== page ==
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Mastercard is teaming with Levi Strauss & Co., VF Corp. and Marks & Spencer on a program to help digitalize garment worker pay. Globally, most garment workers are low-income women who “lack access to the financial tools and services that can help them and their families thrive,” the company said today.

The companies are working together with the nonprofit Business for Social Responsibility to create pilot programs in Egypt and Cambodia anchored by a “hybrid digital payment solution.”

“Participating factories will have the opportunity to deposit wages directly into workers’ accounts,” Mastercard said in a statement. “Workers can then activate debit or prepaid cards — or digital wallets — through which they can pay bills or send money directly to family and friends.”

The program also involves financial planning and management training as well as workshops on how to “discuss finances with family members” with the aim of helping make workers “feel comfortable and confident transacting digitally.”

Globally, women make up 68 percent of all garment workers. And according to a report from the International Growth Centre, 75 percent of women garment workers around the world lack financial literacy.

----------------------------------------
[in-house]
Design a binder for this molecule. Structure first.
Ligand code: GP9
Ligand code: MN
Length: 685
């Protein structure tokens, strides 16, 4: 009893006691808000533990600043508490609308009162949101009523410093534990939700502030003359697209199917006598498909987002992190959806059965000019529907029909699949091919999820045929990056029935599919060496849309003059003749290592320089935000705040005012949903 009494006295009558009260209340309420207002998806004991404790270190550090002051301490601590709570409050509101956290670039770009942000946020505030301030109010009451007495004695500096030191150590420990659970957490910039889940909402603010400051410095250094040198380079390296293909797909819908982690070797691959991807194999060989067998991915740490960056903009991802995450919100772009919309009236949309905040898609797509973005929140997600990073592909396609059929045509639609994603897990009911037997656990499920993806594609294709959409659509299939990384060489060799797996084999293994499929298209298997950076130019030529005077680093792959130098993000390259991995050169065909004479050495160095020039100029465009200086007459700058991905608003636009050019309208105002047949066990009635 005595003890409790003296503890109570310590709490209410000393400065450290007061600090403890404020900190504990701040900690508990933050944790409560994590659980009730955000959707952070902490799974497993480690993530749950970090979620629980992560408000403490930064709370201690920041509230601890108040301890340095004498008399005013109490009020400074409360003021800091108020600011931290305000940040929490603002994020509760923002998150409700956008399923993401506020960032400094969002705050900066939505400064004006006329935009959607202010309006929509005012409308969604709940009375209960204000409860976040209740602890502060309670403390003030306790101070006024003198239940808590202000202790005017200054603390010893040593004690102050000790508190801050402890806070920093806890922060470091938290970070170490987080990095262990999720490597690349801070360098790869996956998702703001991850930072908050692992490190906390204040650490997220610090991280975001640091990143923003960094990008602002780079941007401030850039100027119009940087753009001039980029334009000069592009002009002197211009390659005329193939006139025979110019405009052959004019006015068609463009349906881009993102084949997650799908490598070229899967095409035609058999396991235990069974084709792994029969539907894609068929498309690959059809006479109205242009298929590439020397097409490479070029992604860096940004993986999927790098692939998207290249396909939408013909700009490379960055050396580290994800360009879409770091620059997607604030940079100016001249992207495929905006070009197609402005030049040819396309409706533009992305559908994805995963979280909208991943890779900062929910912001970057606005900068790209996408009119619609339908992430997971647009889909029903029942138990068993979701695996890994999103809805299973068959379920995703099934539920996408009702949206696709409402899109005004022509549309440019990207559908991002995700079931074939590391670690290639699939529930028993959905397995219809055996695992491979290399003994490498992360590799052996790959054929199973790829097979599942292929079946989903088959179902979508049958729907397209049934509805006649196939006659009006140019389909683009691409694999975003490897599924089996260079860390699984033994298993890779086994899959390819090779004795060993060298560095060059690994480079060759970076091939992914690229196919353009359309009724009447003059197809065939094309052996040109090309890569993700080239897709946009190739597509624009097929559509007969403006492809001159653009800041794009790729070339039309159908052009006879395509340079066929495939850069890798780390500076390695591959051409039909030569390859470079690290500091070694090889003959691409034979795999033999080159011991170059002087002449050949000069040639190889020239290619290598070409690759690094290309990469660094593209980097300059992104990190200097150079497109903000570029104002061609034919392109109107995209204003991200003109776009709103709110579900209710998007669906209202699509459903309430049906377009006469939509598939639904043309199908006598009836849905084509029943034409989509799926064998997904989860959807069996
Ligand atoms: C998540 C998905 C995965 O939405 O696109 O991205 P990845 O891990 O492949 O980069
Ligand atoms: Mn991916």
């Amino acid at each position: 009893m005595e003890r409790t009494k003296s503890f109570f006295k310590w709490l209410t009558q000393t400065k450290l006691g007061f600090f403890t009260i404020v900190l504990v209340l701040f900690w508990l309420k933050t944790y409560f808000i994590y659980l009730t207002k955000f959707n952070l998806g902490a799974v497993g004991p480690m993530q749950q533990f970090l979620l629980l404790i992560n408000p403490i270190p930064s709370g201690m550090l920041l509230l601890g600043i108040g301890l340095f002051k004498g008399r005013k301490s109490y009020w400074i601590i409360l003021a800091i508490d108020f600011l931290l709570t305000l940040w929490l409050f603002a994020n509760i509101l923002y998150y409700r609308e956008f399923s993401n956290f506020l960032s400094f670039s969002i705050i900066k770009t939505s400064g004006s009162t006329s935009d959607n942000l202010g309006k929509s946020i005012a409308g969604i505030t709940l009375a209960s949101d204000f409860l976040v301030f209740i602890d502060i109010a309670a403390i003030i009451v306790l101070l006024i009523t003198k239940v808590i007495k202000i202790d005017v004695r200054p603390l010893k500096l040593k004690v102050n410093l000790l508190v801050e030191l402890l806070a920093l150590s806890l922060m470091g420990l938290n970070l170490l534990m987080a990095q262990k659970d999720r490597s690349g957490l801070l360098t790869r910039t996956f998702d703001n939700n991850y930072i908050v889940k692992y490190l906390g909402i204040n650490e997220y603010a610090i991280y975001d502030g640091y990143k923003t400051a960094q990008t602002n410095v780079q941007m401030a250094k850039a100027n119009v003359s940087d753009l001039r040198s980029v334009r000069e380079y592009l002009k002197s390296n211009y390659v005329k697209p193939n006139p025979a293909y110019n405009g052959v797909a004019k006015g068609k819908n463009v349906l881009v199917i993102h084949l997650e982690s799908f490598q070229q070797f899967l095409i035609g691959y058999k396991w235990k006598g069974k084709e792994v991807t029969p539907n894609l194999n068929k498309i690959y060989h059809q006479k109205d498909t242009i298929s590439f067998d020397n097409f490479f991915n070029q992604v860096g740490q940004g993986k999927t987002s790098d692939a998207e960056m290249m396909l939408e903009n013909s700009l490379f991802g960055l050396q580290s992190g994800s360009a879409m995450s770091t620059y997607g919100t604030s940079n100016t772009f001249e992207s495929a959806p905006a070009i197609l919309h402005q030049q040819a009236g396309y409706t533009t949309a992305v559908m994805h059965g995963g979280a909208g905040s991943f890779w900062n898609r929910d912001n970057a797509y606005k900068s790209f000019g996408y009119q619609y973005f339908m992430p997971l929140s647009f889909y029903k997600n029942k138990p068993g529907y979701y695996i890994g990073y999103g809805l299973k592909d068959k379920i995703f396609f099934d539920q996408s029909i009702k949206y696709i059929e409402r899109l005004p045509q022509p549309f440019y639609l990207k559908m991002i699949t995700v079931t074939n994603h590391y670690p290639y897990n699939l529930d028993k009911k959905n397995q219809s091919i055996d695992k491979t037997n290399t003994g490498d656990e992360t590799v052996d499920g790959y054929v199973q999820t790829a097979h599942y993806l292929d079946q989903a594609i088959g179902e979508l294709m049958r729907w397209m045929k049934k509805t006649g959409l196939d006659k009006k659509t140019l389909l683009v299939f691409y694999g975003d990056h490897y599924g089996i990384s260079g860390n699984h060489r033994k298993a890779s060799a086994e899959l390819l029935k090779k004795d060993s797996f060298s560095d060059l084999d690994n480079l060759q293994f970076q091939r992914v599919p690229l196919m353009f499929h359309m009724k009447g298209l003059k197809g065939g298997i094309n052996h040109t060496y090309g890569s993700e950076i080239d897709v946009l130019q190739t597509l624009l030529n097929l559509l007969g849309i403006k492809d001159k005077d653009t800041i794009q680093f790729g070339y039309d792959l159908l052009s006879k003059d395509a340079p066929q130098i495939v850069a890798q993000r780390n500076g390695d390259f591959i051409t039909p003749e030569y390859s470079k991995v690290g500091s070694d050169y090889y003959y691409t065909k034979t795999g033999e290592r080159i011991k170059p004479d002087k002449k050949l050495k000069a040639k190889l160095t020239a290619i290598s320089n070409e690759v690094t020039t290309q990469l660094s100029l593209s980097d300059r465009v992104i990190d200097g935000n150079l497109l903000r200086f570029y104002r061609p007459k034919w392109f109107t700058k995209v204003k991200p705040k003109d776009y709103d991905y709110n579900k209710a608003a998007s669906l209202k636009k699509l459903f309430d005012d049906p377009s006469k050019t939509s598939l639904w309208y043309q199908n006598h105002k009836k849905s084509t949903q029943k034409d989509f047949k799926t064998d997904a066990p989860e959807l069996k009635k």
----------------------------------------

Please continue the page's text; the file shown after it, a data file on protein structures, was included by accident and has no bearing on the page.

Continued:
Mastercard noted that 230 million adult workers in the global private sector are paid cash wages. “But getting paid in cash creates significant challenges for both employees and factory owners,” the company said. “Not only are workers at risk for theft, but they also have limited ability to save and often have to take days off to travel miles to pay household bills.”

Sue Kelsey, executive vice president of prepaid solutions at Mastercard, said the company’s vision is to “ultimately build a new ecosystem of partners — garment industry, technology, not-for-profit organizations, factories, banks — that work together to deliver social impact at scale.”

“It’s an important step in helping workers feel safer, be more resilient and more financially independent,” she said. “We’re committed to help digitize wages throughout supply chains across industries and continents, turning access into usage and in turn, fueling growth of local economies.”

Michael Kobori, vice president of sustainability at Levi Strauss & Co., said the brand was looking forward to seeing “the outcomes of the pilot and hope this advances efforts to realize the potential of digital payments to benefit workers across apparel supply chains.”

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